Connect with us

Calculating Dynamic Power Dissipation- VLSI Design

Discussion in 'Electronics Homework Help' started by aditya639, Jun 7, 2021.

Scroll to continue with content
  1. aditya639

    aditya639

    4
    0
    Jun 7, 2021
    Hi!

    I am trying to compute the dynamic (switching) power dissipation of a few digital sytems including full adders and multipliers.
    Is the following expression correct to calculate the average power dissipation?:

    P.D.(average)= 1/T*integral{(input supply voltage)*(output current)}

    Can someone please verify if the expression is correct.
    Thanks and regards
    Aditya
     
  2. Harald Kapp

    Harald Kapp Moderator Moderator

    11,417
    2,619
    Nov 17, 2011
    1. Why do you use input voltage but output current? What about power dissipated by current from the input power supply and returned to the power supply without being an output current?
    2. Average power can be computed by different means:
      - mean power - this is what your equation does
      - RMS power - is this possibly what you want instead?
     
  3. aditya639

    aditya639

    4
    0
    Jun 7, 2021
    Hi Harald,
    I need to calculate the average power dissipated due to switching (when the output switches from high to low or vice-versa).
    I am using output current because I need to calculate the power which is dissipated when the output switches states. But I am using input supply voltage as it is this voltage which is responsible for the output states.
    Do you think this method is correct?
    Thanks
     
  4. Harald Kapp

    Harald Kapp Moderator Moderator

    11,417
    2,619
    Nov 17, 2011
    No.
    The output current is only partly related to the switching losses of the output river MOSFETs. Switching losses in the driver MOSFETs occur mainly due to two effects:
    1. Gate current to charge and discharge the Gate-Source and Gate-Drain capacitances when turning the MOSFET on and off.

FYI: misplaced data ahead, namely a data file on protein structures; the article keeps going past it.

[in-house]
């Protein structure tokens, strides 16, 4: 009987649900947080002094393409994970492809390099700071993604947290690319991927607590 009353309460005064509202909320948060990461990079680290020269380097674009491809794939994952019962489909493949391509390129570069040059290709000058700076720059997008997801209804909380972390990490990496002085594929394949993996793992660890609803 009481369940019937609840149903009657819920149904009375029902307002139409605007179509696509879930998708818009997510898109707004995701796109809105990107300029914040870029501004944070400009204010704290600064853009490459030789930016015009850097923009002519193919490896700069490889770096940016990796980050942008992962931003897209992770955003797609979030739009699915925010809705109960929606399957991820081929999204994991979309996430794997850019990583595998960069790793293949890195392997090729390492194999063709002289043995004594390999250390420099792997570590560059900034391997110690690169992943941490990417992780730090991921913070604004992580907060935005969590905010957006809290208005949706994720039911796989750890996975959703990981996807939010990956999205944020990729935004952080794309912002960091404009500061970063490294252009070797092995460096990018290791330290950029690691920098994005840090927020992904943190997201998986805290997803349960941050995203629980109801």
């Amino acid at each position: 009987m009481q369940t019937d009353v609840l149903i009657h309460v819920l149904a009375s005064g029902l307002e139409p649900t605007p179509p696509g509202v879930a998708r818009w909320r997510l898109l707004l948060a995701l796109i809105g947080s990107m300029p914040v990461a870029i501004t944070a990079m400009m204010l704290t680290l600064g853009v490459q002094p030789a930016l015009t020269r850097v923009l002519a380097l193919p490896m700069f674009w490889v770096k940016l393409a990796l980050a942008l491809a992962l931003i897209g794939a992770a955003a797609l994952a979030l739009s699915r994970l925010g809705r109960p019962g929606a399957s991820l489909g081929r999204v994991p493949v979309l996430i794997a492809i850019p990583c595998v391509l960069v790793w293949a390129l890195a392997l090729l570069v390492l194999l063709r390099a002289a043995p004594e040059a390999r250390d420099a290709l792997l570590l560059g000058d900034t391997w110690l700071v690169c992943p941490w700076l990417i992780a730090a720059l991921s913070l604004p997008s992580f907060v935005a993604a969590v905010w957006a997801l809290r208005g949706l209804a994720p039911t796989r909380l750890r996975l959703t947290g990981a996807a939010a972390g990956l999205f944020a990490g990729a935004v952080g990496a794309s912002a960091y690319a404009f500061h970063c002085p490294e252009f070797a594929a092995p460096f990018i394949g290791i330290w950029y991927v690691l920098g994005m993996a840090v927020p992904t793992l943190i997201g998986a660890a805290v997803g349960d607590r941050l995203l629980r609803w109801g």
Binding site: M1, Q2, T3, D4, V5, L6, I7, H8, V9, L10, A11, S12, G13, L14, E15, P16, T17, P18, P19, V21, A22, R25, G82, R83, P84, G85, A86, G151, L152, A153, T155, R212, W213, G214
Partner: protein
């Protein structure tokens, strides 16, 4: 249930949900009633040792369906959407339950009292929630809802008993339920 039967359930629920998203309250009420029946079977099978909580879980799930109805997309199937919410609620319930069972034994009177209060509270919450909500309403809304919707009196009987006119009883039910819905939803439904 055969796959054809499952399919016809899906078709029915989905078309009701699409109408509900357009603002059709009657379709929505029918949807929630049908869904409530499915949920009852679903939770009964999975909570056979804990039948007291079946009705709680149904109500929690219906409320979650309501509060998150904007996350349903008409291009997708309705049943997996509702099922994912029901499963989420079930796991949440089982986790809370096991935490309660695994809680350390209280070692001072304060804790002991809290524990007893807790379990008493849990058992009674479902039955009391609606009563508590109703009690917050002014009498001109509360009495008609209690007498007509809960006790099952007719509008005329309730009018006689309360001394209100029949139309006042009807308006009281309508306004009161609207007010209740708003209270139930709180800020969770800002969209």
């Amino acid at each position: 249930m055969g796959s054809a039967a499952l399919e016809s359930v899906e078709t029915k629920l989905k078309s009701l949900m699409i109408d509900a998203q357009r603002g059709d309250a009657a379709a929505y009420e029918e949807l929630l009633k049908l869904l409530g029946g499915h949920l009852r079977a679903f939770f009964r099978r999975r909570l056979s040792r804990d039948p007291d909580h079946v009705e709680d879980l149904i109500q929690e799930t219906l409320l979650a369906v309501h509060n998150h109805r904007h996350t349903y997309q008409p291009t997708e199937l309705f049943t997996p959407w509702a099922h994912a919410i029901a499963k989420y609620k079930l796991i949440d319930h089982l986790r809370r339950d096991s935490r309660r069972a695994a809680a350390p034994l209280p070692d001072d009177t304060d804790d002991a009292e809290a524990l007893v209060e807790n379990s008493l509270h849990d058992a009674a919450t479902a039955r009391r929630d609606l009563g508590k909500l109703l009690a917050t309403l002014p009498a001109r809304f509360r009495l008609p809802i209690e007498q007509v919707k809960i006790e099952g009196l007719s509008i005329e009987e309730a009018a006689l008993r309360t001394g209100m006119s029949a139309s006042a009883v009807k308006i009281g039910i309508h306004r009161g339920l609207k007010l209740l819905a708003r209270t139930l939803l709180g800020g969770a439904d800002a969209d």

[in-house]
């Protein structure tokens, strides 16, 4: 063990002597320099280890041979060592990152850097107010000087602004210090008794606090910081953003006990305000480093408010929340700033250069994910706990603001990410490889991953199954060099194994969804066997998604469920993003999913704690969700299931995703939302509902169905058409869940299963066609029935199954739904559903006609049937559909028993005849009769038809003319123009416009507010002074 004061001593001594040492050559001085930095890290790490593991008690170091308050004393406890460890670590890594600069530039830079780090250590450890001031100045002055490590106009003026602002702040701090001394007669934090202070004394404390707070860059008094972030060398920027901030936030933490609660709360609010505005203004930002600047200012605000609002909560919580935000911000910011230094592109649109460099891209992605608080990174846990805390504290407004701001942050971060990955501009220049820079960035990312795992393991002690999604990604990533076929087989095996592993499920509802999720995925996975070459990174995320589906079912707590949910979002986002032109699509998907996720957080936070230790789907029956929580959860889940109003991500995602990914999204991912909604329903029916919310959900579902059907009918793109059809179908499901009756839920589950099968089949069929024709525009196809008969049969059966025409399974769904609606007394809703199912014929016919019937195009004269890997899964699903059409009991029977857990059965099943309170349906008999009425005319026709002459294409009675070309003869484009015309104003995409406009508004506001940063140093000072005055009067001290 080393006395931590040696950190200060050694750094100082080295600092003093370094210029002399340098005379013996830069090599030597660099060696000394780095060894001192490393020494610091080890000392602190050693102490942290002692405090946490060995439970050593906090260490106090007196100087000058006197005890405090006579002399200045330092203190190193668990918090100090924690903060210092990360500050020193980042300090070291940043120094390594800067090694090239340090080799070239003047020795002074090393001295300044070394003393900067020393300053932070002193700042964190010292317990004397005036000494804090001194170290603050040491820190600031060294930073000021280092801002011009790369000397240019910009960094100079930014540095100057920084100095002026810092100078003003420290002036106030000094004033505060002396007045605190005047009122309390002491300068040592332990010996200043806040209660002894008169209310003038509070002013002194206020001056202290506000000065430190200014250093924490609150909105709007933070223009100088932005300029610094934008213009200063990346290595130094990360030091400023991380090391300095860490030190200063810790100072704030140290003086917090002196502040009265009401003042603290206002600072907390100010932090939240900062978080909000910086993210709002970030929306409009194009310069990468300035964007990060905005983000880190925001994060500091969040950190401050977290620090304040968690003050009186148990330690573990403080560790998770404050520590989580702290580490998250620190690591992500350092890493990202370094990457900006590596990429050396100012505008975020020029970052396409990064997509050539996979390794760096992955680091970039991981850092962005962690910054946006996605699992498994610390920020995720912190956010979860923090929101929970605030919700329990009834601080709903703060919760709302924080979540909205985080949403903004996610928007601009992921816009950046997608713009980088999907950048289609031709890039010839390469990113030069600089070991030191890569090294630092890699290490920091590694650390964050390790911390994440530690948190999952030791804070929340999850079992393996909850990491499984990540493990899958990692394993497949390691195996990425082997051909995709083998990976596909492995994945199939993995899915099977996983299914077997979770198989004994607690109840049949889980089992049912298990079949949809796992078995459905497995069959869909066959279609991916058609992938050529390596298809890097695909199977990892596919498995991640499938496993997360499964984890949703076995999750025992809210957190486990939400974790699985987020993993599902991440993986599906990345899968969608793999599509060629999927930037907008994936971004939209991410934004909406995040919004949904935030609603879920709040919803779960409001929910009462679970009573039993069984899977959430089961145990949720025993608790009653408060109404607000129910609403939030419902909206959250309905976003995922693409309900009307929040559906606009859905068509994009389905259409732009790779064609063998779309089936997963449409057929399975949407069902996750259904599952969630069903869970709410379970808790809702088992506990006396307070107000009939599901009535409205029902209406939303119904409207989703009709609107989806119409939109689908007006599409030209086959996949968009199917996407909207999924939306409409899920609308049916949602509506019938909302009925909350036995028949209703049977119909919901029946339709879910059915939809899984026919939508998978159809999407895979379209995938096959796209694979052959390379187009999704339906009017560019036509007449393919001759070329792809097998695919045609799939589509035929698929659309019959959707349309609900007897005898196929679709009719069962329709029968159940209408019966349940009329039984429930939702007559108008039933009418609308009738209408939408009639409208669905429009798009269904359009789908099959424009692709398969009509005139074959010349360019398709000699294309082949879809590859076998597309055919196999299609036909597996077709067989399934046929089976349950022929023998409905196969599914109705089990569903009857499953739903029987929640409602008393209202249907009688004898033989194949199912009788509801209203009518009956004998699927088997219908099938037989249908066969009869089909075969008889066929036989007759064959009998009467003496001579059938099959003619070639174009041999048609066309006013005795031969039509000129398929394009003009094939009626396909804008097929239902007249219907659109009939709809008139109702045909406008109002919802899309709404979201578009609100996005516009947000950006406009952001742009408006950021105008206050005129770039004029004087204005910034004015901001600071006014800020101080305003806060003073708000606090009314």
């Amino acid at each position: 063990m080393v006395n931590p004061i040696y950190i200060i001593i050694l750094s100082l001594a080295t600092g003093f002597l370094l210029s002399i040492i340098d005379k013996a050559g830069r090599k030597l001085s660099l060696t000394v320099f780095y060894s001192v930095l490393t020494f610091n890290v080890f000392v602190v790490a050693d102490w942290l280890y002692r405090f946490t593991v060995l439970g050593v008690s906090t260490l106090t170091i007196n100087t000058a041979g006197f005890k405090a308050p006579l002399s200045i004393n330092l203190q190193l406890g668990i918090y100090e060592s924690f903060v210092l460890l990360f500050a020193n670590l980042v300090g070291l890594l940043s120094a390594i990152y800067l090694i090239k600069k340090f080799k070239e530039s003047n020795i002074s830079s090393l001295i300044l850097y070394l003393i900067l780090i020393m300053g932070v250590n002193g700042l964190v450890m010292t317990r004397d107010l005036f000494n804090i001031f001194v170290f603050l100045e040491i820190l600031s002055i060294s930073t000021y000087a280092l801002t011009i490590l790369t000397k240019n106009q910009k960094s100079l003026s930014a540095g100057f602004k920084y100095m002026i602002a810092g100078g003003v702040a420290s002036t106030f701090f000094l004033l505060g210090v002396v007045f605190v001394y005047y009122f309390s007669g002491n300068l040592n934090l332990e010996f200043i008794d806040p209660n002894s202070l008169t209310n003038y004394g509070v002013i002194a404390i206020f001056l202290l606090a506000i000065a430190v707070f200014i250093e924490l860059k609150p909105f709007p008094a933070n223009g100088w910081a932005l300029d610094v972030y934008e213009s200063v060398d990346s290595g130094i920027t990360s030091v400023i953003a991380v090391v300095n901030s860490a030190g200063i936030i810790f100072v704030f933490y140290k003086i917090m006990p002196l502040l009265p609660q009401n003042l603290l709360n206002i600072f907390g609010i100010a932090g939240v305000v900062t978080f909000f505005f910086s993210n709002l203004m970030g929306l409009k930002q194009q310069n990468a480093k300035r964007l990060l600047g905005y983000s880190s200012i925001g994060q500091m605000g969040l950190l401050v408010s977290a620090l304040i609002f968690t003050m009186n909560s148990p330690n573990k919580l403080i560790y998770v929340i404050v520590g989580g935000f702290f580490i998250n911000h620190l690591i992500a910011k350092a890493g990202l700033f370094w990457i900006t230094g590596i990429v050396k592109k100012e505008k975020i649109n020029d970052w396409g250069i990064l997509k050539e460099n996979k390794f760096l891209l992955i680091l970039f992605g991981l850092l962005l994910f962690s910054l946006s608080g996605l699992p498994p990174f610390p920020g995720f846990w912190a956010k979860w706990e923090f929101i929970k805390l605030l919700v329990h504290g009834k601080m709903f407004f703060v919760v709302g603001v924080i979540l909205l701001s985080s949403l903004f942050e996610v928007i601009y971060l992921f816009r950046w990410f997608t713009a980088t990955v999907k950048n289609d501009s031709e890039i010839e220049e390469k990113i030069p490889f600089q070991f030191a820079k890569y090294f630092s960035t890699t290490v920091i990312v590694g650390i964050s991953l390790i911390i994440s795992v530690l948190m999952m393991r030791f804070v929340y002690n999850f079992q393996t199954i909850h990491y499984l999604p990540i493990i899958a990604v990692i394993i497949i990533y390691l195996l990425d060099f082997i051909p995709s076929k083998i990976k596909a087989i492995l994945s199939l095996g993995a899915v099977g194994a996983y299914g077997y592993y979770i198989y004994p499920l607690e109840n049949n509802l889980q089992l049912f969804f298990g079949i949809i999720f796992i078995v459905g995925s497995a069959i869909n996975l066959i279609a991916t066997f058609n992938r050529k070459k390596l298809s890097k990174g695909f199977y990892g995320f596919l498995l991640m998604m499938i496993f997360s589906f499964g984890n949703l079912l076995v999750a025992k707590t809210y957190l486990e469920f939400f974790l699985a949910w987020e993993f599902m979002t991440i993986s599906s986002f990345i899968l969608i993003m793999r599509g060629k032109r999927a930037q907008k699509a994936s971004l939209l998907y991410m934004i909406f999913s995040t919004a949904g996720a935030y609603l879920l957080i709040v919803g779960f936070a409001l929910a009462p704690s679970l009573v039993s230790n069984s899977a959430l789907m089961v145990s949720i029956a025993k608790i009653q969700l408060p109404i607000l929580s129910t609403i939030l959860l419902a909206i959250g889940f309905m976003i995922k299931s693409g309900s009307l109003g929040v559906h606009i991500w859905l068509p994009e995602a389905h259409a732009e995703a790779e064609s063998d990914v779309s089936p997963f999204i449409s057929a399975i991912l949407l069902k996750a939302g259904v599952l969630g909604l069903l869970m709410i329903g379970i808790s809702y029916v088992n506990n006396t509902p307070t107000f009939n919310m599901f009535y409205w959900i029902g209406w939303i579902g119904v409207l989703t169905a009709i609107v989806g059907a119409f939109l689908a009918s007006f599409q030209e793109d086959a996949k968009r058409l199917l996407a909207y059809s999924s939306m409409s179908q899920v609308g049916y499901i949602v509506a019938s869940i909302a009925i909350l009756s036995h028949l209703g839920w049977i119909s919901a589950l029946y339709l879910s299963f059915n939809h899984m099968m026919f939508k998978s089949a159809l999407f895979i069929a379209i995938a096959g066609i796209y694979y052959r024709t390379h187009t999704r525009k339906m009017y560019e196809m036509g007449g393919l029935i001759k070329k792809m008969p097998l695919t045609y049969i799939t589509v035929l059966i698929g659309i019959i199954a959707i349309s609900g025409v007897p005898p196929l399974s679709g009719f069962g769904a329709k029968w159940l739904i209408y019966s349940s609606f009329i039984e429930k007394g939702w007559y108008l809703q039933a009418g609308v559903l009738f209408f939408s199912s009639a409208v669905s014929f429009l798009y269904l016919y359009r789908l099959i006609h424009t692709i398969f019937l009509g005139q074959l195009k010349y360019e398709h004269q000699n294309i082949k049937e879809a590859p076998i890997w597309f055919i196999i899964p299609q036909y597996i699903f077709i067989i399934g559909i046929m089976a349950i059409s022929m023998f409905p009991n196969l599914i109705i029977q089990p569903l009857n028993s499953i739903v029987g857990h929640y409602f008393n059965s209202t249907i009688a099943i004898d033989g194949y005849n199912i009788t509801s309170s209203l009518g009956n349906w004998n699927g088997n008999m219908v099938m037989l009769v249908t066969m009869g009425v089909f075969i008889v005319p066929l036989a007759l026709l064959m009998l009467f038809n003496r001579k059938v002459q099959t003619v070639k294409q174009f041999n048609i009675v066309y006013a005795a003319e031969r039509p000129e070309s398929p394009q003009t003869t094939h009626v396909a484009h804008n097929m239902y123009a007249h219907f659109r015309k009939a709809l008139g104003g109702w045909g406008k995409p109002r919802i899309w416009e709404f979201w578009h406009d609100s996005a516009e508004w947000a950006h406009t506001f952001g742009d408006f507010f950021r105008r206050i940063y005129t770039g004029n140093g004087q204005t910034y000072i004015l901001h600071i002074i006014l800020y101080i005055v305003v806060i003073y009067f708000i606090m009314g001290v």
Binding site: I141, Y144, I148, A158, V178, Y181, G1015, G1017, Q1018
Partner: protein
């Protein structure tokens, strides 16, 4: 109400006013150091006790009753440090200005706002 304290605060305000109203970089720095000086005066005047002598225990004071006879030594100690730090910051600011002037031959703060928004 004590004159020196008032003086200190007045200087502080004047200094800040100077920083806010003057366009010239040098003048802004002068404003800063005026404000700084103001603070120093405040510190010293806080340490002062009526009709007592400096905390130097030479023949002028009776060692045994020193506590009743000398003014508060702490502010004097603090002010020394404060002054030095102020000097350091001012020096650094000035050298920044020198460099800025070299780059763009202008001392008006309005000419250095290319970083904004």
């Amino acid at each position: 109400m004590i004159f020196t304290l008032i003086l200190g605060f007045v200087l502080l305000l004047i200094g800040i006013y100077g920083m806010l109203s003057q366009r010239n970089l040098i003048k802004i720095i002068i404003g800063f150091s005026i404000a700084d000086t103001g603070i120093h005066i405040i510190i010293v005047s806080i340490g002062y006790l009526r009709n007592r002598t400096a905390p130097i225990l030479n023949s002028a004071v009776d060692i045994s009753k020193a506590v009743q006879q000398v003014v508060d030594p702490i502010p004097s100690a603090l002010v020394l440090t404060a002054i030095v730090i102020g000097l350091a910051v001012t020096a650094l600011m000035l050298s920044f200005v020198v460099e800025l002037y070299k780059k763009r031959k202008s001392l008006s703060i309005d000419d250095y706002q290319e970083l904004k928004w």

2. Power dissipated during the transition of the MOSFET from on to off and vice versa. During the transition the Drain-Source voltage rises (turn-off) of falls (turn-on) while current falls or rises. This gives rise to increased power dissipation compared to the on-state or off-state.
      The current during switching can have two main components (depending on how the timing of the MOSFETs drive signals (Gate-Source voltages):
      - output current due to output voltage across load resistance
      - transverse current between the MOSFETs of the output stage if both MOSFETs are at the same time (gate drive signal overlap
    More info e.g. here.
    So when measuring the power dissipation use the current drawn from the power supply times the power supply voltage and average that value to get the total power consumption.
     
    aditya639 likes this.
  5. aditya639

    aditya639

    4
    0
    Jun 7, 2021
    Thank you for the reply. This made things somewhat less murky.

    But wouldn't this give us the power which is supplied to the circuit, and not the power which is actually dissipated by the circuit, a simple CMOS inverter for example.
     
  6. Harald Kapp

    Harald Kapp Moderator Moderator

    11,417
    2,619
    Nov 17, 2011
    What would be the difference? If the power supplied to the circuit is not dissipated by the circuit, where would it go?
     
  7. aditya639

    aditya639

    4
    0
    Jun 7, 2021
    Only a fracction of the power supplied to the circuit from the source is dissipated in the circuit, the rest is used to drive the further stages of the circuit.
    Like in CMOS inverter, C(load)*V(dd)^2 is taken from the source, half of it is dissipated in the circuit during switching, while the other half is available for the next stage i.e. the load capacitance.
    Here's a link for inverter power dissipation: http://people.ece.umn.edu/~kia/Courses/EE5323/Slides/Lect_04_Inverter2.pdf
    Please take a look at the first 2 slides.
    I am unable to determine this dissipated power for more complex systems like adders.
    Thanks.
     
  8. Harald Kapp

    Harald Kapp Moderator Moderator

    11,417
    2,619
    Nov 17, 2011
    Then subtract the power that goes into other devices from the power supplied to the device you're analyzing.
     
Ask a Question
Want to reply to this thread or ask your own question?
You'll need to choose a username for the site, which only take a couple of moments (here). After that, you can post your question and our members will help you out.
Electronics Point Logo
Continue to site
Quote of the day

-